Wipfli Alerts & Updates: New Guidance on Health Reimbursement Arrangements and Required Changes to Cafeteria Plans
November 15, 2013
On September 13, 2013, the Internal Revenue Service (IRS) and Department of Labor (DOL) issued nearly identical guidance, and the Department of Health and Human Services (HHS) issued a memo on September 16, 2013, concurring with the guidance, which is specific to changes made under the Affordable Care Act (ACA) to Health Reimbursement Arrangements (HRAs) and individual health coverage. In addition, guidance also extends to some unexpected changes to benefits under Code Section 125 cafeteria plans as outlined in IRS Notice 2013-54 and DOL Technical Release 2013-3. This guidance created quite a stir in the benefits community as experts tried to figure out the far-reaching effects it has beyond just the guidance as written. The IRS further issued Notice 2013-71 on October 31, 2013, which made modifications to the “use it or lose it” rule for health flexible spending arrangements in Code Section 125 cafeteria plans.
So what happened?
There was guidance clarifying what kind of HRAs could stay in existence starting January 1, 2014, considering the annual limit prohibition and preventive services mandate of the ACA. (See Wipfli Alerts & Updates: Health Reimbursement Arrangements and the Prohibition on Annual Limits, dated June 26, 2013, for background on the ACA requirements.)
There was a significant limitation placed on the ability of an employer to pay for an employee’s individual health coverage on a pretax basis (as compared to employer group coverage).
There was a limitation placed on certain health flexible spending accounts (FSAs) offered inside a cafeteria plan.
Employers now have the option to allow employees participating in a health FSA to carry over up to $500 of unused amounts remaining in their accounts at the end of a plan year and use it to meet the following year’s medical expense reimbursement needs.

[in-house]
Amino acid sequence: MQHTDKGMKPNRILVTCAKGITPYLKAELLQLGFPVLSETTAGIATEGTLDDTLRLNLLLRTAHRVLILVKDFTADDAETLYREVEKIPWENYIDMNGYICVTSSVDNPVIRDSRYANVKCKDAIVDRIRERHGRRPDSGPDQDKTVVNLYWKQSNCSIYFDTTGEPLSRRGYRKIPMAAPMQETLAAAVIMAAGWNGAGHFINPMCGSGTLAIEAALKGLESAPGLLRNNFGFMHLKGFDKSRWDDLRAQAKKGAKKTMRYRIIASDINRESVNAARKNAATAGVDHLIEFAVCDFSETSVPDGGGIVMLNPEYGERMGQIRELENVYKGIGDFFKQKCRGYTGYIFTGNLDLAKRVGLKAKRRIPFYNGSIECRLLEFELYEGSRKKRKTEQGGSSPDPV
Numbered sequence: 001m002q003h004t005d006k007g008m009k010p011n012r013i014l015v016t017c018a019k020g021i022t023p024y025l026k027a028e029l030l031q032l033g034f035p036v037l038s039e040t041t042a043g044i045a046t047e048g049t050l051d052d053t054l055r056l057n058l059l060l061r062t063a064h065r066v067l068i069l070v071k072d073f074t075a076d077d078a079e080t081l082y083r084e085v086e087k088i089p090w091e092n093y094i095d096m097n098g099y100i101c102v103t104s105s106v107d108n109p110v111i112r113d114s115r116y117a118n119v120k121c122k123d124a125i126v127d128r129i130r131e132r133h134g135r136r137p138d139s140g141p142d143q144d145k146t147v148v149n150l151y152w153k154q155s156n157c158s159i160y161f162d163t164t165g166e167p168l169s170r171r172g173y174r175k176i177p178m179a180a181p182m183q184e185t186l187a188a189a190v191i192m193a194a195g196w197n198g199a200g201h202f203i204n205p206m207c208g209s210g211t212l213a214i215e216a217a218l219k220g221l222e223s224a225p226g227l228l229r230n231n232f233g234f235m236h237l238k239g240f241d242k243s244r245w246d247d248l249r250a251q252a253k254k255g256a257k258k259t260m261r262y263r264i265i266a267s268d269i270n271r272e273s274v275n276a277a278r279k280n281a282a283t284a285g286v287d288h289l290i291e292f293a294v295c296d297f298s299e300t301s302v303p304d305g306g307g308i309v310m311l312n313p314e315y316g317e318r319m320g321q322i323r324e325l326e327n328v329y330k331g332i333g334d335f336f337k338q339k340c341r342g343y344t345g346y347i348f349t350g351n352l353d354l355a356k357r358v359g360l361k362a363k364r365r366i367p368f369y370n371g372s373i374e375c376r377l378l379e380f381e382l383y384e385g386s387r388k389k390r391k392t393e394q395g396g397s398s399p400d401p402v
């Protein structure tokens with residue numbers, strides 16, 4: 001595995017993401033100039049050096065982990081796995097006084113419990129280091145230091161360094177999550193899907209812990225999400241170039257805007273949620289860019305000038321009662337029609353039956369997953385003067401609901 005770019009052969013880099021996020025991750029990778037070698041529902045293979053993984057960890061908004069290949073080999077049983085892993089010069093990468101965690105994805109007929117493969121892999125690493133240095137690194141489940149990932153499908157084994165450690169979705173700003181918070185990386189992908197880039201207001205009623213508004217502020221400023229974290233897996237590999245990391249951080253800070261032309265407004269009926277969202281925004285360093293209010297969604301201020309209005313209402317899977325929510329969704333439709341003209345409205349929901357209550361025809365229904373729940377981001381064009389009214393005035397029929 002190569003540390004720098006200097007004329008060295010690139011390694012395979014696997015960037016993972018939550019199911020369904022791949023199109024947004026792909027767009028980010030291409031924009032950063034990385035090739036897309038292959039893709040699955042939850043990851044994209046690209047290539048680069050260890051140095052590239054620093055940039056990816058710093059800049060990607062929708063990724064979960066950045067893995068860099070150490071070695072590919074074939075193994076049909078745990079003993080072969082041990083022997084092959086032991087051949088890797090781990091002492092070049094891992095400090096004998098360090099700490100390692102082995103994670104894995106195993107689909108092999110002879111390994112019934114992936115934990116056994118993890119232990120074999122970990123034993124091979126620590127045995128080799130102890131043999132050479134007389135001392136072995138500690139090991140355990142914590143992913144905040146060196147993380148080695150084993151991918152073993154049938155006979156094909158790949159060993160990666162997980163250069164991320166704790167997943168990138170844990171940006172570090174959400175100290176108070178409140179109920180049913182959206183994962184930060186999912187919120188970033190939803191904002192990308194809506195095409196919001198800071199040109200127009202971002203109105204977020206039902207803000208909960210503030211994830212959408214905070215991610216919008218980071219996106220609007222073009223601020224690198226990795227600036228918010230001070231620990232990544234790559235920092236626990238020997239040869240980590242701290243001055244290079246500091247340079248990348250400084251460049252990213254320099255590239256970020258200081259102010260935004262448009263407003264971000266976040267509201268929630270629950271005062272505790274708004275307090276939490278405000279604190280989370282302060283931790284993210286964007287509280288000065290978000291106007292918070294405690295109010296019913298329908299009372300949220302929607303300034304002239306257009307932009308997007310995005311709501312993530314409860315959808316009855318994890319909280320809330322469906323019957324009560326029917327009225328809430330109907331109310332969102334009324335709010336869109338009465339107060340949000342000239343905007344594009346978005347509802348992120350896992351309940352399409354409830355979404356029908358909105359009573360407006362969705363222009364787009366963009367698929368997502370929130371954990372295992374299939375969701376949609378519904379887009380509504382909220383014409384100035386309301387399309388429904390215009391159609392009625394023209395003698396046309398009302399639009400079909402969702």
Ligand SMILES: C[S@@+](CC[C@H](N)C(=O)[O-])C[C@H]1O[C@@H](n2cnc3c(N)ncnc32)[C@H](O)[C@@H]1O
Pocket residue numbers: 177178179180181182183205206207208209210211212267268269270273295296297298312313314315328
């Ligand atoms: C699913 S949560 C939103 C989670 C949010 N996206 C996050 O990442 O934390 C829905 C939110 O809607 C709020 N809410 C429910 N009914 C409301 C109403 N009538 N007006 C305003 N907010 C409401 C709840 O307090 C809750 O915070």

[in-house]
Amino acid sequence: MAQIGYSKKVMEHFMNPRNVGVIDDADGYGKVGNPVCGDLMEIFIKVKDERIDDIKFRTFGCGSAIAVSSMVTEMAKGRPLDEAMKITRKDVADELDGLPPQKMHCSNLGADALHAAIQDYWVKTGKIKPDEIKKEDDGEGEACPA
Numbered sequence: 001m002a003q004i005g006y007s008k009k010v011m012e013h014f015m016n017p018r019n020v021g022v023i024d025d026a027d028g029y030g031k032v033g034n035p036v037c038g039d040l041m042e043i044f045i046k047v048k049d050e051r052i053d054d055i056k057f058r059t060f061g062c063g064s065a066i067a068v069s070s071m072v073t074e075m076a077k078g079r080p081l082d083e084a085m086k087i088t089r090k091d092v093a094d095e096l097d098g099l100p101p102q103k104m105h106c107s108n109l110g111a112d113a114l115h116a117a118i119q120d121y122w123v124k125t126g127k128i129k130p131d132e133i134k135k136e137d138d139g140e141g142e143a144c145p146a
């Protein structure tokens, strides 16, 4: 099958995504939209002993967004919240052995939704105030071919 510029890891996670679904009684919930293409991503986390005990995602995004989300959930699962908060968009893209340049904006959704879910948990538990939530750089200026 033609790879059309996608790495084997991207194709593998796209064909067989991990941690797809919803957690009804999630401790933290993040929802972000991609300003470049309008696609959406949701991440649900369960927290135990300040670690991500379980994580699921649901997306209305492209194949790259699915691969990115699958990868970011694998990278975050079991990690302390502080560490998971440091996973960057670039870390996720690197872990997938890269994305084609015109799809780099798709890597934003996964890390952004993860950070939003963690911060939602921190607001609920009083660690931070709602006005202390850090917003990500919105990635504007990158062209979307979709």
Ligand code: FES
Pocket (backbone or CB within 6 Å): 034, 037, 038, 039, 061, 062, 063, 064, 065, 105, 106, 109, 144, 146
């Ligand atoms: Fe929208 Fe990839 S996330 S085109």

Health Reimbursement Arrangements
The Wipfli Alerts & Updates communication released in June detailed the technical reasons the ACA placed limitations on the employer’s ability to use an HRA after 2013. The guidance provided an explanation of the types of HRAs that could remain in existence:
Integrated HRAs – Most HRAs reimburse employees for eligible medical expenses [as described in IRC Section 213(d)] and can continue after 2013 if those eligible for the employer’s HRA are enrolled in the employer’s group health plan or the employee’s spouse’s group health plan. Common arrangements of this type provide HRA benefits to employees who take the employer health insurance, and the HRA benefits are used to reimburse employees for medical expenses prior to meeting the deductible under the group health plan. The guidance is clear that an HRA will not be considered integrated with an individual policy, so these plan designs that reimburse employees for health insurance premiums will be prohibited. There are also variations on what is permitted for the plan design with an integrated HRA, including offering group health plans that may or may not provide minimum value, but the options are complicated and detailed and should be worked out with your benefit provider or consultant.
Retiree-only HRAs – An HRA that covers only retirees can continue in existence. Many employers provide retirees with an annual amount to be used to pay medical expenses or individual insurance premiums. These can continue as a tax-free benefit and can be used to pay individual premiums. The retirees receiving these benefits are not eligible for premium tax credits if they obtain individual insurance from one of the state Marketplaces. Also, retirees must be given the ability to opt out of the HRA so that they could then be eligible for premium tax credits (so a plan amendment may be needed to comply).
HRAs that cover only HIPAA-expected benefits – An HRA that provides reimbursement for medical expense can continue if the arrangement meets the definition of a HIPAA-excepted benefit, which means it reimburses only for benefits that are HIPAA-excepted benefits themselves, or it meets a limitation on the expenses reimbursed. Arrangements include:
Reimbursement of only limited-scope dental or vision expenses.
Reimbursement of premiums for specified disease, hospital indemnity, and supplemental benefits.
Employer reimbursement not exceeding $500 (more on this below under health FSA provisions).
“Wasting” standalone HRAs – There are transition rules that allow an employer to stop contributing to its existing HRA and set rules for employees to spend down existing HRA balances. Employers are not forced to terminate reimbursements after 2013.
NOTE: An employee’s continued participation in an HRA is a considered minimum essential health benefit and thus makes the employee ineligible for premium subsidies on the state Marketplaces. For that reason, HRAs must be amended to allow employees to opt out of the HRA so they can purchase subsidized coverage if they desire.